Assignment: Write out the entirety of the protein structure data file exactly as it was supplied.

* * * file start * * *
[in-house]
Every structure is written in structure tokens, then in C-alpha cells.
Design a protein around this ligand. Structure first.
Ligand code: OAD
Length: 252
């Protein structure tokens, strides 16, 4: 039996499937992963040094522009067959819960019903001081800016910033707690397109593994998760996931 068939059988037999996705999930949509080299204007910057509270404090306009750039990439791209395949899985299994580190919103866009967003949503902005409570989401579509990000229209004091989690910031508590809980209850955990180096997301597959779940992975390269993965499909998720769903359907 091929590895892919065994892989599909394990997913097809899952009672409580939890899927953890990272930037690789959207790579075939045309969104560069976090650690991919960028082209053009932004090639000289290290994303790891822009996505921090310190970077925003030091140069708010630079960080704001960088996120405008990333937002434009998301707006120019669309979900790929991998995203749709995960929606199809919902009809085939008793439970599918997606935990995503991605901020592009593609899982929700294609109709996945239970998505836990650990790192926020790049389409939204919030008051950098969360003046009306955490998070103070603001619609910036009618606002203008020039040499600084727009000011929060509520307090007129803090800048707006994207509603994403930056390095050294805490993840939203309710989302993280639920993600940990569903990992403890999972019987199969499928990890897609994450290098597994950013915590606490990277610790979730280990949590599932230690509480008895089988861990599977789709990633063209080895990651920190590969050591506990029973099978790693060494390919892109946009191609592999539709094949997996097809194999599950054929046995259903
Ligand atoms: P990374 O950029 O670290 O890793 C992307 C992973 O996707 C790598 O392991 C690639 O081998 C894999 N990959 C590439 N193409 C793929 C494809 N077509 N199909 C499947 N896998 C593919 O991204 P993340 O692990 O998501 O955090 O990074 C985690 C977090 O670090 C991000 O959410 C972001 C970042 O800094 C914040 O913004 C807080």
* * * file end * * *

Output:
[in-house]
Every structure is written in structure tokens, then in C-alpha cells.
Design a protein around this ligand. Structure first.
Ligand code: OAD
Length: 252
């Protein structure tokens, strides 16, 4: 039996499937992963040094522009067959819960019903001081800016910033707690397109593994998760996931 068939059988037999996705999930949509080299204007910057509270404090306009750039990439791209395949899985299994580190919103866009967003949503902005409570989401579509990000229209004091989690910031508590809980209850955990180096997301597959779940992975390269993965499909998720769903359907 091929590895892919065994892989599909394990997913097809899952009672409580939890899927953890990272930037690789959207790579075939045309969104560069976090650690991919960028082209053009932004090639000289290290994303790891822009996505921090310190970077925003030091140069708010630079960080704001960088996120405008990333937002434009998301707006120019669309979900790929991998995203749709995960929606199809919902009809085939008793439970599918997606935990995503991605901020592009593609899982929700294609109709996945239970998505836990650990790192926020790049389409939204919030008051950098969360003046009306955490998070103070603001619609910036009618606002203008020039040499600084727009000011929060509520307090007129803090800048707006994207509603994403930056390095050294805490993840939203309710989302993280639920993600940990569903990992403890999972019987199969499928990890897609994450290098597994950013915590606490990277610790979730280990949590599932230690509480008895089988861990599977789709990633063209080895990651920190590969050591506990029973099978790693060494390919892109946009191609592999539709094949997996097809194999599950054929046995259903
Ligand atoms: P990374 O950029 O670290 O890793 C992307 C992973 O996707 C790598 O392991 C690639 O081998 C894999 N990959 C590439 N193409 C793929 C494809 N077509 N199909 C499947 N896998 C593919 O991204 P993340 O692990 O998501 O955090 O990074 C985690 C977090 O670090 C991000 O959410 C972001 C970042 O800094 C914040 O913004 C807080």